After self-reporting nearly $31,000 in unreported activity by his political action committee, Senate President Justin Alfond, D-Portland, will seek a reduced penalty at a meeting Thursday by the Maine Ethics Commission.
The state levied a preliminary penalty of $31,764, but ethics commission staff are recommending the fine be reduced to $1,500.
Alfond took full responsibility for he called “clerical errors” on the part of the Alfond Business, Community and Democracy PAC, but an attorney representing the PACT argued that the harm to the public in the late reporting was “minimal.”
“I made a mistake — one that should have been prevented. I take very seriously the responsibilities of ensuring transparency between money and politics,” said Alfond in a statement released by the Maine Democratic Party. “Because of this, I regret that inadequate record keeping led to these errors. But as soon as I became aware of the errors, I called the board of ethics to report it and to fix it. I have also taken the steps to correct the PAC’s internal record-keeping and auditing process to ensure that these mistakes won’t happen again.”
The omissions were made in two quarterly reports, originally filed in October 2013 and January 2014. The first report failed to include $6,000 in contributions to the PAC and $6,500 given by the PAC to the Maine Democratic Party.
The January report failed to include roughly $450 in deposits to the PAC’s bank account, and $18,000 donation to the Maine Democratic Party and a roughly $20 fee paid to ActBlue, a national PAC that raises money for Democratic candidates.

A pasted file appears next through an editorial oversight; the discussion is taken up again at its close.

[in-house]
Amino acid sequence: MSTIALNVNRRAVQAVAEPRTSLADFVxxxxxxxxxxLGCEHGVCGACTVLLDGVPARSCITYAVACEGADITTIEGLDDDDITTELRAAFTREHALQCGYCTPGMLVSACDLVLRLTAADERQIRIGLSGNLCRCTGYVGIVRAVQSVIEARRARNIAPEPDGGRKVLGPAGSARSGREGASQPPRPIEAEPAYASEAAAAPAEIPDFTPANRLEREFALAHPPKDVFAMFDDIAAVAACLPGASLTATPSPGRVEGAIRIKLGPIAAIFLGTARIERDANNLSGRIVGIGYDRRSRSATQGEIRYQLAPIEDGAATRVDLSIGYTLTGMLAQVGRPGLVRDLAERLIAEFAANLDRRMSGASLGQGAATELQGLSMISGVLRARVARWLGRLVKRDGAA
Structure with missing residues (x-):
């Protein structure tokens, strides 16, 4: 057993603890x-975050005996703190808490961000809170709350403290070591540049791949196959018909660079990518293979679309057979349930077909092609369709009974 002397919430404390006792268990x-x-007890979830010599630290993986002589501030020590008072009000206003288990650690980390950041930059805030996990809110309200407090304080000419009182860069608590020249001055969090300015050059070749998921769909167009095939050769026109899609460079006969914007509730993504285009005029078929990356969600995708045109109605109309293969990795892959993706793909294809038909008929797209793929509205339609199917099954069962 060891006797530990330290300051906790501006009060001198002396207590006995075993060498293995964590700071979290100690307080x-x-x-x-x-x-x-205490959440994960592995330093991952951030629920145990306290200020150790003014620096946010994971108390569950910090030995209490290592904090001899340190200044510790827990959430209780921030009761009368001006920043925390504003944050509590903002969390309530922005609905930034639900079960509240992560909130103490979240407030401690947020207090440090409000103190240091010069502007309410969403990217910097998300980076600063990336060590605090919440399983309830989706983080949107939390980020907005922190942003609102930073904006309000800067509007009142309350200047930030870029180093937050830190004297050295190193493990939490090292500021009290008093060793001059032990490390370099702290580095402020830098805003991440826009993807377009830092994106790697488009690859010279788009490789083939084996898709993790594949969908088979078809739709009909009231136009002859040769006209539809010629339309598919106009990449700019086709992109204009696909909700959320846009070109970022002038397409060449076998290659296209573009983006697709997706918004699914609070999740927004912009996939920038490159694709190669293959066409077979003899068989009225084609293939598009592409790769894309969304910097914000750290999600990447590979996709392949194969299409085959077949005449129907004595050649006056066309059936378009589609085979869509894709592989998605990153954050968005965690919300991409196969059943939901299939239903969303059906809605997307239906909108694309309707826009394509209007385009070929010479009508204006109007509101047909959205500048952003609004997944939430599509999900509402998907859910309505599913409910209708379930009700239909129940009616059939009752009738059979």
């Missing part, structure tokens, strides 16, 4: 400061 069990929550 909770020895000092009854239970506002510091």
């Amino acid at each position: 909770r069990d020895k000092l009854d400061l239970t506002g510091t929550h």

In requesting a waiver of the five-figure penalty, Alfond’s attorney argued that “the harm suffered by the public in this case is in no way commensurate with such an enormous fine.”
Ethics staff seemed inclined to agree. In a letter to commissioners, executive director Jonathan Wayne and PAC and lobbyist registrar Benjamin Dyer wrote that despite Alfond’s PAC failing to report $24,500 to the Maine Democratic Party, the party did report receiving the gifts. That means there was adequate transparency for the public, they argued.
Additionally, they wrote, “since these reports covered a portion of an off-election year, the harm to the public in not knowing how money was changing hands to influence elections is less significant.”
Wayne and Dyer also said the fact Alfond’s PAC had self-reported the omissions after noticing a discrepancy in its bookkeeping, and that the group had no previous ethics violations, was a mitigating factor in deciding what penalty was just.
The duo is recommending a total of $1,500 in fines against Alfond, which will be accepted or rejected by the five-member commission at its regular meeting on Thursday.
Alfond said he would take whatever lumps the commission felt was fair.
“Maine people expect to know where money is coming from and how it is spent. I believe deeply in these principles — and I’m most bothered by the fact that I, even though it was inadvertent, was in non-compliance,” he said. “This is a system that works. I will pay the fine as determined by the commission and will take every step to ensure that my PAC remains compliant going forward.”
Last week, Gov. Paul LePage was also hit with a preliminary fine for missing a campaign finance reporting deadline, his third such late filing this year. The Republican filed a 24-hour report 41 days after it was due, and is facing a $5,000 penalty.
LePage’s campaign has said he will seek a waiver for the fine.
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